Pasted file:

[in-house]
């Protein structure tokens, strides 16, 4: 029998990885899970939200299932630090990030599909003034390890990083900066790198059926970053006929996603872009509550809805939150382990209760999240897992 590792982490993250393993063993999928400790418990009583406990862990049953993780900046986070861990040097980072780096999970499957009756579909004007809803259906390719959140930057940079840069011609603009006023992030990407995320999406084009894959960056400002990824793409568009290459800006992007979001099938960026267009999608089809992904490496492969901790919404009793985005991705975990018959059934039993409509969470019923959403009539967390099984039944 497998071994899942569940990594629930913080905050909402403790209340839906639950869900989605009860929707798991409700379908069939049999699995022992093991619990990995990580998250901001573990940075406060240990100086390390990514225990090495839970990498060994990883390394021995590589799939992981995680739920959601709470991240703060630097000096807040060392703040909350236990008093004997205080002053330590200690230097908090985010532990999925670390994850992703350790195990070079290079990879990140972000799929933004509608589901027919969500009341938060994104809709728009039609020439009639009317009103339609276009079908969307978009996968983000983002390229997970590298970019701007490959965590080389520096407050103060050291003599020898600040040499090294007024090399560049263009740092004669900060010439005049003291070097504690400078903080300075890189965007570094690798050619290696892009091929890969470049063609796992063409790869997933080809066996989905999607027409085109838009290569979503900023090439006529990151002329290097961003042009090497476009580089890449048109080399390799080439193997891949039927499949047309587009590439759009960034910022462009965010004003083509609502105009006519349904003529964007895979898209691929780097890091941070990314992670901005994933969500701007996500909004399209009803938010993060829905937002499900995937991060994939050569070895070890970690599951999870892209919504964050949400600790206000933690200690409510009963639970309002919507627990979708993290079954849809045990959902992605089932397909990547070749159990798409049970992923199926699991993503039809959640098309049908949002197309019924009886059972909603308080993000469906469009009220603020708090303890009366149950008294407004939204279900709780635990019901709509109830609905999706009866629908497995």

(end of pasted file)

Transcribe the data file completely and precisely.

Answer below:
[in-house]
């Protein structure tokens, strides 16, 4: 029998990885899970939200299932630090990030599909003034390890990083900066790198059926970053006929996603872009509550809805939150382990209760999240897992 590792982490993250393993063993999928400790418990009583406990862990049953993780900046986070861990040097980072780096999970499957009756579909004007809803259906390719959140930057940079840069011609603009006023992030990407995320999406084009894959960056400002990824793409568009290459800006992007979001099938960026267009999608089809992904490496492969901790919404009793985005991705975990018959059934039993409509969470019923959403009539967390099984039944 497998071994899942569940990594629930913080905050909402403790209340839906639950869900989605009860929707798991409700379908069939049999699995022992093991619990990995990580998250901001573990940075406060240990100086390390990514225990090495839970990498060994990883390394021995590589799939992981995680739920959601709470991240703060630097000096807040060392703040909350236990008093004997205080002053330590200690230097908090985010532990999925670390994850992703350790195990070079290079990879990140972000799929933004509608589901027919969500009341938060994104809709728009039609020439009639009317009103339609276009079908969307978009996968983000983002390229997970590298970019701007490959965590080389520096407050103060050291003599020898600040040499090294007024090399560049263009740092004669900060010439005049003291070097504690400078903080300075890189965007570094690798050619290696892009091929890969470049063609796992063409790869997933080809066996989905999607027409085109838009290569979503900023090439006529990151002329290097961003042009090497476009580089890449048109080399390799080439193997891949039927499949047309587009590439759009960034910022462009965010004003083509609502105009006519349904003529964007895979898209691929780097890091941070990314992670901005994933969500701007996500909004399209009803938010993060829905937002499900995937991060994939050569070895070890970690599951999870892209919504964050949400600790206000933690200690409510009963639970309002919507627990979708993290079954849809045990959902992605089932397909990547070749159990798409049970992923199926699991993503039809959640098309049908949002197309019924009886059972909603308080993000469906469009009220603020708090303890009366149950008294407004939204279900709780635990019901709509109830609905999706009866629908497995």